New research shows 'pure sexism' is hugely responsible for the gender wage gap.
A group of researchers have looked at productivity to see just how much sexism is to blame for the difference in what men and women earn - and they found there was virtually no difference in productivity.
Lead researcher from Motu Economic and Public Policy Isabelle Sin said women and men are statistically indistinguishable in the productivity and value added to their workplace, but women are only paid $0.84 for every $1 men are paid.
"We looked directly at how the output of similar firms varies with the gender mix of the employees, and used this to infer the relative value male and female employees add to their firms."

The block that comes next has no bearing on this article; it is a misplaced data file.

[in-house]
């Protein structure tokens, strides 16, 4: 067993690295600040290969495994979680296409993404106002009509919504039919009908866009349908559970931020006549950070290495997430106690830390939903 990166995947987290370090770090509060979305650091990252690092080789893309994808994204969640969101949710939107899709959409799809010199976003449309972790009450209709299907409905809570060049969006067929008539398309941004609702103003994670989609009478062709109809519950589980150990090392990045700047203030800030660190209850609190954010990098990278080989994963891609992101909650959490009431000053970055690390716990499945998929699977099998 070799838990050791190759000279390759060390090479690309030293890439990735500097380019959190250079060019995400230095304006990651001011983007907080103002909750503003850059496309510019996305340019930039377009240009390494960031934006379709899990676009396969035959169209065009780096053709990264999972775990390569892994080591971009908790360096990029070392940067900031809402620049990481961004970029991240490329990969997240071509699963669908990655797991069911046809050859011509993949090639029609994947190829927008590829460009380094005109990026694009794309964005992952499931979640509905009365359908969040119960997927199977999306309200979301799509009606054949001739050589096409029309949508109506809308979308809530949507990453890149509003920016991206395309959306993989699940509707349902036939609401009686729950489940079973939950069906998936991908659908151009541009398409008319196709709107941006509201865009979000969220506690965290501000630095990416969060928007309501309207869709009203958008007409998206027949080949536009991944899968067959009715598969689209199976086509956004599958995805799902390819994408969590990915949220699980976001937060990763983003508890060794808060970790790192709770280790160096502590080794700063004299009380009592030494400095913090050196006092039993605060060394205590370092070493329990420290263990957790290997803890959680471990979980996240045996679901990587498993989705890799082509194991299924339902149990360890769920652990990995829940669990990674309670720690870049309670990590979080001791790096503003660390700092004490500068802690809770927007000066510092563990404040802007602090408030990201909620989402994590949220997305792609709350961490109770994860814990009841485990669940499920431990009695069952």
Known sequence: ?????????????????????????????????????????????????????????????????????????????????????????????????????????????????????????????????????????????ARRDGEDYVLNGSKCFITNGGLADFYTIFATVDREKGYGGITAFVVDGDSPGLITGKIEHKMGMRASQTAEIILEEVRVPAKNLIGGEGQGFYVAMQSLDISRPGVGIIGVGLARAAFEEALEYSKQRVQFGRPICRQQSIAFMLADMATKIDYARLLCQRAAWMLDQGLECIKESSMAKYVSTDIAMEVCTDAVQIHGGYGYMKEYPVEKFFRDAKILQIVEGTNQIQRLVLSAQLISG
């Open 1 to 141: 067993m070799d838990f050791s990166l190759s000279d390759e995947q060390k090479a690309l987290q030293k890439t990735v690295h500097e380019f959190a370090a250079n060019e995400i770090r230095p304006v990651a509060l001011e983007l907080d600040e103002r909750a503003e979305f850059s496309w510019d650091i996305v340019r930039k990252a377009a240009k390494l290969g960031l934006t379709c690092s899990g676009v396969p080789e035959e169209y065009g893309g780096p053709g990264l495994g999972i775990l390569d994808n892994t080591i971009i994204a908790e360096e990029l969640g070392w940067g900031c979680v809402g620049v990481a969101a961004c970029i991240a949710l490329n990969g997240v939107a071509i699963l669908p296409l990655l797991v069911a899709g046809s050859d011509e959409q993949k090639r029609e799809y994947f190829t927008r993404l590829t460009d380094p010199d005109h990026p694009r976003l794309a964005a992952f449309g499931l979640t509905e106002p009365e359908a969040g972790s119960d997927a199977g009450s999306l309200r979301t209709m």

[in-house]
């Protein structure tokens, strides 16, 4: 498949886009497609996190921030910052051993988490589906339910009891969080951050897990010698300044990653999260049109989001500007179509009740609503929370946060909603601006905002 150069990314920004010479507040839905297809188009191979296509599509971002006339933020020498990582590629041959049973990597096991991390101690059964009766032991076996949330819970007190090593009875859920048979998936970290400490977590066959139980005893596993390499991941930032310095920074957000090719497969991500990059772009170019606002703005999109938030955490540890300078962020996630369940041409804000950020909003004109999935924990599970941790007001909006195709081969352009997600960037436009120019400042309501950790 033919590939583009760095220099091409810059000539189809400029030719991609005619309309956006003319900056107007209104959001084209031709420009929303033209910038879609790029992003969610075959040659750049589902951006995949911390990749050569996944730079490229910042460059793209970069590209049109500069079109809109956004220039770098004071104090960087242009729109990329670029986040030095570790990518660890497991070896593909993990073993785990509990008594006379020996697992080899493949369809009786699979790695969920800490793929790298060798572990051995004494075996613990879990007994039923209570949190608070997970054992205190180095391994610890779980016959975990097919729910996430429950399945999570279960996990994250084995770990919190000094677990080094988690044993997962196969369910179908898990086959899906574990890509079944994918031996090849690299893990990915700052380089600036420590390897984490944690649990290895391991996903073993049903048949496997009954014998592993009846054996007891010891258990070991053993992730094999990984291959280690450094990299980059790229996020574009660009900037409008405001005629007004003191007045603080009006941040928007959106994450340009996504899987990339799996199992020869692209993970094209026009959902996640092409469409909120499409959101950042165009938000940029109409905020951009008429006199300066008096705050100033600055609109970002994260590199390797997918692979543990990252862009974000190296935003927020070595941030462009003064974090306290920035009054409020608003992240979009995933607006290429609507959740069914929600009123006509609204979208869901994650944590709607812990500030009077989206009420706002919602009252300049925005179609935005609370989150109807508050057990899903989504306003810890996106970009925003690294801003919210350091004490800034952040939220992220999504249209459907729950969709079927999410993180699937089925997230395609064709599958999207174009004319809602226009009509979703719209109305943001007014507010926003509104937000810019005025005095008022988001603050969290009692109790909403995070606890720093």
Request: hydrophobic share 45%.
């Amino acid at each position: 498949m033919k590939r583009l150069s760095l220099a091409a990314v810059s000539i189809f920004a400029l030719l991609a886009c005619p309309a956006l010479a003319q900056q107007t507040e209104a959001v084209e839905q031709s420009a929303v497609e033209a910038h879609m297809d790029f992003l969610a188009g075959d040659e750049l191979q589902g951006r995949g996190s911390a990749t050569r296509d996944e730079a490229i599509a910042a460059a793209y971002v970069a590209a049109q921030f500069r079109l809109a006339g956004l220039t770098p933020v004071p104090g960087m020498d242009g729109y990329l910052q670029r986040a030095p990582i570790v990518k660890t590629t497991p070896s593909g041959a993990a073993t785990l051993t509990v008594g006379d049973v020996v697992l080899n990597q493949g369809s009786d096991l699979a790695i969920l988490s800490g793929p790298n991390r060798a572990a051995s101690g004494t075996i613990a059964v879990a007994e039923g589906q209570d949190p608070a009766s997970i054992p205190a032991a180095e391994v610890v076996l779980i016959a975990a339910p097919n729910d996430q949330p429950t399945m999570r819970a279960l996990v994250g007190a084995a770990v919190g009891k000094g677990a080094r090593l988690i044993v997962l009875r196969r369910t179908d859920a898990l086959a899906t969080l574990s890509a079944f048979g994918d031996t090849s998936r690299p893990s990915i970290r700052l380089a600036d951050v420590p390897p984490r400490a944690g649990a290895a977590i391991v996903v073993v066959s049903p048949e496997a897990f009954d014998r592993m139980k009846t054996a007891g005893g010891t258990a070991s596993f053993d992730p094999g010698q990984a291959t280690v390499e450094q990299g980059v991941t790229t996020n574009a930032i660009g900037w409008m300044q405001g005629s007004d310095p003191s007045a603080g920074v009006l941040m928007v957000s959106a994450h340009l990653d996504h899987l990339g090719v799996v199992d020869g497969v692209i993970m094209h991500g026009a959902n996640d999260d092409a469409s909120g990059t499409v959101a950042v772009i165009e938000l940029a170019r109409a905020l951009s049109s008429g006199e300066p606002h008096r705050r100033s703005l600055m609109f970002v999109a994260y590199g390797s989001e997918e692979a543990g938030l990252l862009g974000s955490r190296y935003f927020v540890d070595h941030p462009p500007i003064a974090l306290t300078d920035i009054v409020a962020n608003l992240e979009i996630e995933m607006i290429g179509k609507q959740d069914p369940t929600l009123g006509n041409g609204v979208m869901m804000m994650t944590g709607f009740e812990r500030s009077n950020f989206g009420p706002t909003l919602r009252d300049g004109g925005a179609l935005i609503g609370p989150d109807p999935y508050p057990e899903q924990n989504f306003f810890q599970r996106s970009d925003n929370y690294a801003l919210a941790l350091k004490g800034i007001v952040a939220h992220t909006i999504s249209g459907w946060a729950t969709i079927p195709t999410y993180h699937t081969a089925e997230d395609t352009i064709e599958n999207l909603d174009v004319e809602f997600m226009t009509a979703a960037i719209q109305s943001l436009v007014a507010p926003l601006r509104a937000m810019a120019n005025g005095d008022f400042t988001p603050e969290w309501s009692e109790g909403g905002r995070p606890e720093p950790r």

"We're finding women are getting paid quite a lot less for doing work of the same value," she said on TVNZ1's Breakfast this morning.
Motu's study looked at half of the working population between 2001 and 2011.
"For both genders, productivity is higher for workers who have been at the firm for longer, but the wages of women with greater tenure are not commensurately higher. The gender wage-productivity gap does not go away once women have had the chance to demonstrate their worth to their employers," Ms Sin said.
Ms Sin said the first step in combating the wage-gap was to "acknowledge there's an issue".
The research found commonly-cited reasons for the wage gap, such as women choosing to working in low-paying industries and taking time off to look after children, "can't explain it".
"You still have a lot of people who are denying it's an issue. It can't just be explained away. It's not OK. Women are really being paid less to do the same," she said.
"To put it simply, our research suggests sexism is likely to be a major driver of the gender wage gap. What we’re going to do about it is another matter."
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